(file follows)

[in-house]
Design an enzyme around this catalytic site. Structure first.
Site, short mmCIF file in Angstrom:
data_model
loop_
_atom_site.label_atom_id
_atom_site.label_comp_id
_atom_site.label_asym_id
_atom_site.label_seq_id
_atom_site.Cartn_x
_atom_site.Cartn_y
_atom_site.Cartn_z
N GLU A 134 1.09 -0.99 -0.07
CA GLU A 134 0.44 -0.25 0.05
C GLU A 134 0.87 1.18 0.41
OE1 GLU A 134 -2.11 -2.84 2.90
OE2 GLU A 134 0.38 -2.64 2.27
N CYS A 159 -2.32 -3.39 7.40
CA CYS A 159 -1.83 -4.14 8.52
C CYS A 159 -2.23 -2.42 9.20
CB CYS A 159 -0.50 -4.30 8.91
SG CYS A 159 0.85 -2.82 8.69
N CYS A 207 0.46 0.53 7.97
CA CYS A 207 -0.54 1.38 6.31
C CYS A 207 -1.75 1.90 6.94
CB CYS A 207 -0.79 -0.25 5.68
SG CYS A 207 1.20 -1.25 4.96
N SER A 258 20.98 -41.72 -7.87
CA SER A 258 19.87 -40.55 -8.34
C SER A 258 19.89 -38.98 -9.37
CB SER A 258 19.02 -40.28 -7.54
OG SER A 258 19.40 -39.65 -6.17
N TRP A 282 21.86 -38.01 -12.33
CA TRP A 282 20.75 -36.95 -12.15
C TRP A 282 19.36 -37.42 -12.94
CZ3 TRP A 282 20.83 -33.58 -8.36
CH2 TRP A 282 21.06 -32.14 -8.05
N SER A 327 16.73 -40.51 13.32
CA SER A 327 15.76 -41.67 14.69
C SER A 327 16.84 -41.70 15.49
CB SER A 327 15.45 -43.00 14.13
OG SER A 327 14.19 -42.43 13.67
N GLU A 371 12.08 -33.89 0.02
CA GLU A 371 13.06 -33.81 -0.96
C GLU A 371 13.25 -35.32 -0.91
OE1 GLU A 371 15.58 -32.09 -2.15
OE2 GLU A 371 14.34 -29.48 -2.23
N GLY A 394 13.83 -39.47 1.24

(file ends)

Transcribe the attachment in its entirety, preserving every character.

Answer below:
[in-house]
Design an enzyme around this catalytic site. Structure first.
Site, short mmCIF file in Angstrom:
data_model
loop_
_atom_site.label_atom_id
_atom_site.label_comp_id
_atom_site.label_asym_id
_atom_site.label_seq_id
_atom_site.Cartn_x
_atom_site.Cartn_y
_atom_site.Cartn_z
N GLU A 134 1.09 -0.99 -0.07
CA GLU A 134 0.44 -0.25 0.05
C GLU A 134 0.87 1.18 0.41
OE1 GLU A 134 -2.11 -2.84 2.90
OE2 GLU A 134 0.38 -2.64 2.27
N CYS A 159 -2.32 -3.39 7.40
CA CYS A 159 -1.83 -4.14 8.52
C CYS A 159 -2.23 -2.42 9.20
CB CYS A 159 -0.50 -4.30 8.91
SG CYS A 159 0.85 -2.82 8.69
N CYS A 207 0.46 0.53 7.97
CA CYS A 207 -0.54 1.38 6.31
C CYS A 207 -1.75 1.90 6.94
CB CYS A 207 -0.79 -0.25 5.68
SG CYS A 207 1.20 -1.25 4.96
N SER A 258 20.98 -41.72 -7.87
CA SER A 258 19.87 -40.55 -8.34
C SER A 258 19.89 -38.98 -9.37
CB SER A 258 19.02 -40.28 -7.54
OG SER A 258 19.40 -39.65 -6.17
N TRP A 282 21.86 -38.01 -12.33
CA TRP A 282 20.75 -36.95 -12.15
C TRP A 282 19.36 -37.42 -12.94
CZ3 TRP A 282 20.83 -33.58 -8.36
CH2 TRP A 282 21.06 -32.14 -8.05
N SER A 327 16.73 -40.51 13.32
CA SER A 327 15.76 -41.67 14.69
C SER A 327 16.84 -41.70 15.49
CB SER A 327 15.45 -43.00 14.13
OG SER A 327 14.19 -42.43 13.67
N GLU A 371 12.08 -33.89 0.02
CA GLU A 371 13.06 -33.81 -0.96
C GLU A 371 13.25 -35.32 -0.91
OE1 GLU A 371 15.58 -32.09 -2.15
OE2 GLU A 371 14.34 -29.48 -2.23
N GLY A 394 13.83 -39.47 1.24